Give yourself away is an idiom that originated in the United States. An idiom is a commonly used word, group of words, or phrase that has a figurative meaning that is not easily deduced from its literal definition. Often using descriptive imagery or metaphors, common idioms are words and phrases used in the English language in order to convey a concise idea, and are often spoken or are considered informal or conversational. English idioms can illustrate emotion more quickly than a phrase that has a literal meaning, even when the etymology or origin of the idiomatic expression is lost. An idiom is a metaphorical figure of speech, and it is understood that it is not a use of literal language. Figures of speech like an often-used metaphor have definitions and connotations that go beyond the literal meaning of the words. Mastery of the turn of phrase of an idiom, which may use slang words or other parts of speech common in American slang or British slang, is essential for the English learner. Many English as a Second Language students do not understand idiomatic expressions and idiomatic language such as hit the sack, spill the beans, let the cat out of the bag, silver lining, back to the drawing board, barking up the wrong tree, kick the bucket, hit the nail on the head, face the music, under the weather, piece of cake, when pigs fly, and raining cats and dogs, because they attempt to translate them word for word, which yields only the literal meaning. English phrases that are idioms should not be taken literally. In addition to learning vocabulary and grammar, one must understand the phrasing of the figurative language of idiomatic phrases in order to know English like a native speaker; it is helpful to maintain a list of phrases, common expressions, colloquial terms, and popular expressions to memorize that are used figuratively or idiomatically. We will examine the meaning of the common saying give yourself away, where it came from, and some examples of its idiomatic usage in sentences.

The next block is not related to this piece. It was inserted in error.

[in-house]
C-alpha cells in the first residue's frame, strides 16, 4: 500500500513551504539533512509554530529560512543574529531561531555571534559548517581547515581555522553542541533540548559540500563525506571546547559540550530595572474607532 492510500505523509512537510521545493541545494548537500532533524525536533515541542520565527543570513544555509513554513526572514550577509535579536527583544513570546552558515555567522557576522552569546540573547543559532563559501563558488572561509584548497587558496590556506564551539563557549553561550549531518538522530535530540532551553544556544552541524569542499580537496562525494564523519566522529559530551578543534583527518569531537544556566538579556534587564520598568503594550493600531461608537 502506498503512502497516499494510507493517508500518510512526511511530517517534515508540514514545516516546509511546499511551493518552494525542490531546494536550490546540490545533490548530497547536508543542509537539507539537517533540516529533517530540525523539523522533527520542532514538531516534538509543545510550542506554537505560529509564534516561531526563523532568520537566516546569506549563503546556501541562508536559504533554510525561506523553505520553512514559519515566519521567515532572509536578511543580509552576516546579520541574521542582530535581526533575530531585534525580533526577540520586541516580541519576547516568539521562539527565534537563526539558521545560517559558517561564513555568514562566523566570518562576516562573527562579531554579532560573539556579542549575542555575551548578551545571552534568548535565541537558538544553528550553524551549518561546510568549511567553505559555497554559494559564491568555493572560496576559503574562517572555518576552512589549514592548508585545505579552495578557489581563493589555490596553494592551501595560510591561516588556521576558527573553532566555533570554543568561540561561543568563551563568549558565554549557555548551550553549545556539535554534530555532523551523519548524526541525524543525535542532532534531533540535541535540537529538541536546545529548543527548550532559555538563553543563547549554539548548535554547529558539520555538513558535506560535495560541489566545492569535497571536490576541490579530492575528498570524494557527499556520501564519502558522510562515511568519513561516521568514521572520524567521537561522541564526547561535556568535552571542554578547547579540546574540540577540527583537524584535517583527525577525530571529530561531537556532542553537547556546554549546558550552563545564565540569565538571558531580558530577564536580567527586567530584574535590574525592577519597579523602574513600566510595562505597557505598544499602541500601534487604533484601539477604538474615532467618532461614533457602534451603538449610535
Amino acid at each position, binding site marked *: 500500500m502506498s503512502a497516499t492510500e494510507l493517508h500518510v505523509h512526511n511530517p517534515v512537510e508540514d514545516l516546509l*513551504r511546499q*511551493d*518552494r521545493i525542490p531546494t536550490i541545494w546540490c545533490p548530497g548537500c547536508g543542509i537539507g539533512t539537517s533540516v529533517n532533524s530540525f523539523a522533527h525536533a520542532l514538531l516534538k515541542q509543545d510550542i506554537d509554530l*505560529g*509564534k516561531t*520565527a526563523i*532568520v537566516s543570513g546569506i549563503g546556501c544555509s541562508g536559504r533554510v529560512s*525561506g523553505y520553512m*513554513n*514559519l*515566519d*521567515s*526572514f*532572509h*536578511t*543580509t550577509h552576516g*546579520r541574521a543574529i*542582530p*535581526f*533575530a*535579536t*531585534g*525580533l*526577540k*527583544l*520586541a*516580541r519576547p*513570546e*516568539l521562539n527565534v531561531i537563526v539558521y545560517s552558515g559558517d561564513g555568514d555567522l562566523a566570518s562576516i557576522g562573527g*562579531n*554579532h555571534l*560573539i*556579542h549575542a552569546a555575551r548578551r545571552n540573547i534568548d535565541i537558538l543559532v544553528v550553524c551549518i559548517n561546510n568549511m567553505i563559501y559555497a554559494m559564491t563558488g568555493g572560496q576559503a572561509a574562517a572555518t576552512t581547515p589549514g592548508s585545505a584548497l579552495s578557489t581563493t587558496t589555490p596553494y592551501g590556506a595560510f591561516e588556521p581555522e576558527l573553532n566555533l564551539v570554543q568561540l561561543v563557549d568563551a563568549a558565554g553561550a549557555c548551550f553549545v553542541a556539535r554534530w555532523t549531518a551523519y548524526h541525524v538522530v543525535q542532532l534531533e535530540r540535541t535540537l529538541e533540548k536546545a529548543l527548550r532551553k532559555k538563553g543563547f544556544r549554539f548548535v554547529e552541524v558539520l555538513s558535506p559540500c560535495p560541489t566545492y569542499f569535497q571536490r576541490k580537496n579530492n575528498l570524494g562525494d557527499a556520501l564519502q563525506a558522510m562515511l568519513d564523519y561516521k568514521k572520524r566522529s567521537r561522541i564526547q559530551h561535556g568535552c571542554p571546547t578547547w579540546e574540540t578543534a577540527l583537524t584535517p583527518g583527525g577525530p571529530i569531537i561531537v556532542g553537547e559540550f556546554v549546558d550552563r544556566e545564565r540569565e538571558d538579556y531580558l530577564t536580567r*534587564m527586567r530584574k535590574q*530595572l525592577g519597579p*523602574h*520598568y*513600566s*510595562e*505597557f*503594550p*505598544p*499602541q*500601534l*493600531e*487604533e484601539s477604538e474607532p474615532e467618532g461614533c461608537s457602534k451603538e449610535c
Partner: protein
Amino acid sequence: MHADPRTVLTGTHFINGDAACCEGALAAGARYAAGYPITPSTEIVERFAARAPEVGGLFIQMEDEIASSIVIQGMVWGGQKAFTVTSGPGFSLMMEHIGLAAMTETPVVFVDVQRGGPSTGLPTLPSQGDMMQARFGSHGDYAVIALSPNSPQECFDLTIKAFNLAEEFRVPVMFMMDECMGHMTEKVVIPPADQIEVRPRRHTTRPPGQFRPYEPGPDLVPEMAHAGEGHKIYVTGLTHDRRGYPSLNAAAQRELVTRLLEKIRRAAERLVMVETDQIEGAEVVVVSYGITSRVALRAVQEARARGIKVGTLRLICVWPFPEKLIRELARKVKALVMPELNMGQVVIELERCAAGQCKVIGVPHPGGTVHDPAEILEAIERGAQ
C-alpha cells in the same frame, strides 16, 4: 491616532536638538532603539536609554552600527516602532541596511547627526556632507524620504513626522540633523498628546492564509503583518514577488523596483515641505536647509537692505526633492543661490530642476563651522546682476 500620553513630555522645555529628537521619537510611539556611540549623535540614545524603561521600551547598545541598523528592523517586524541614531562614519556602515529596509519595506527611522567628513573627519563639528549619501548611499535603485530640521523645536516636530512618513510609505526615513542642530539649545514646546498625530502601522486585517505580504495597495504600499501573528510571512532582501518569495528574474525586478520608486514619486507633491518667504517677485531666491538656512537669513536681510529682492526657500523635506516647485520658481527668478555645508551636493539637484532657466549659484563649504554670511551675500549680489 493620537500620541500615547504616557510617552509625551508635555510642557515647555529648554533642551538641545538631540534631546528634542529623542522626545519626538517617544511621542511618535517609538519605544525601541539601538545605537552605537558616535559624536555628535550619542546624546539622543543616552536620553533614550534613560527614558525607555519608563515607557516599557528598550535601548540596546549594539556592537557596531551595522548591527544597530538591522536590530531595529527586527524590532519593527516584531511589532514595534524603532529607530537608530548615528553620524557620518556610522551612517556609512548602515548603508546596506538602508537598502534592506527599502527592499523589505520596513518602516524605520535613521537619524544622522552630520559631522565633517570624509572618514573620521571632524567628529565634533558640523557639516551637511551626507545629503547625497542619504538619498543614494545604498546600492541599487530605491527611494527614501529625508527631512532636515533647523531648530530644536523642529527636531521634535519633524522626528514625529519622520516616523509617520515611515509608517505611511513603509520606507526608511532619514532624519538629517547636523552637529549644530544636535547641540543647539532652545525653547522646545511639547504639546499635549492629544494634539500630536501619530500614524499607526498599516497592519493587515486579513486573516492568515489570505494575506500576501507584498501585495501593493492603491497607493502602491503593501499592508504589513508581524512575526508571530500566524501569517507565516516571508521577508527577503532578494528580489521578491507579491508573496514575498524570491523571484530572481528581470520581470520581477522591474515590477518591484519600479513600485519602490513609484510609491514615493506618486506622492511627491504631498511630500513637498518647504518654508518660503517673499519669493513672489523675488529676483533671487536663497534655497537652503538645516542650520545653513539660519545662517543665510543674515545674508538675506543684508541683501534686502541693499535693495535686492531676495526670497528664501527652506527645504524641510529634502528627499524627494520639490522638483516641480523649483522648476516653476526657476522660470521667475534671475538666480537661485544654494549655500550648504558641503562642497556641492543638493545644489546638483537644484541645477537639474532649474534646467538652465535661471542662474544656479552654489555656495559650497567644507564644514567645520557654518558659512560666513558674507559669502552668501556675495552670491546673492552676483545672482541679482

To give yourself away means to reveal yourself unintentionally, to expose your true feelings or intentions without meaning to. The expression is also used to mean to expose a secret about other things or people, as in to give something away or to give someone away. Related phrases are gives something away, gave something away, given something away, giving something away. The expression to give yourself away came into use in the 1870s in the United States as a slang phrase. Give yourself away may also mean to give of one’s time and treasure selflessly.
And if you are caught, play dumb, know nothing, don’t give yourself away. (National Catholic Reporter)
Netflix documentary, American Murder: The Family Next Door tells the disturbing story of Chris Watts, who killed his wife and two young daughters – body language expert Bruce Durham examines how he gave himself away. (Mirror)
In my landscaping days, it was the wheat nubuck Carolina’s, dyed forest green from the nonstop barrage of wet grass clippings from my lawnmower that distinguished me as someone who worked outside with their hands (the grubby T shirt also most likely gave it away). (Martha’s Vineyard Times)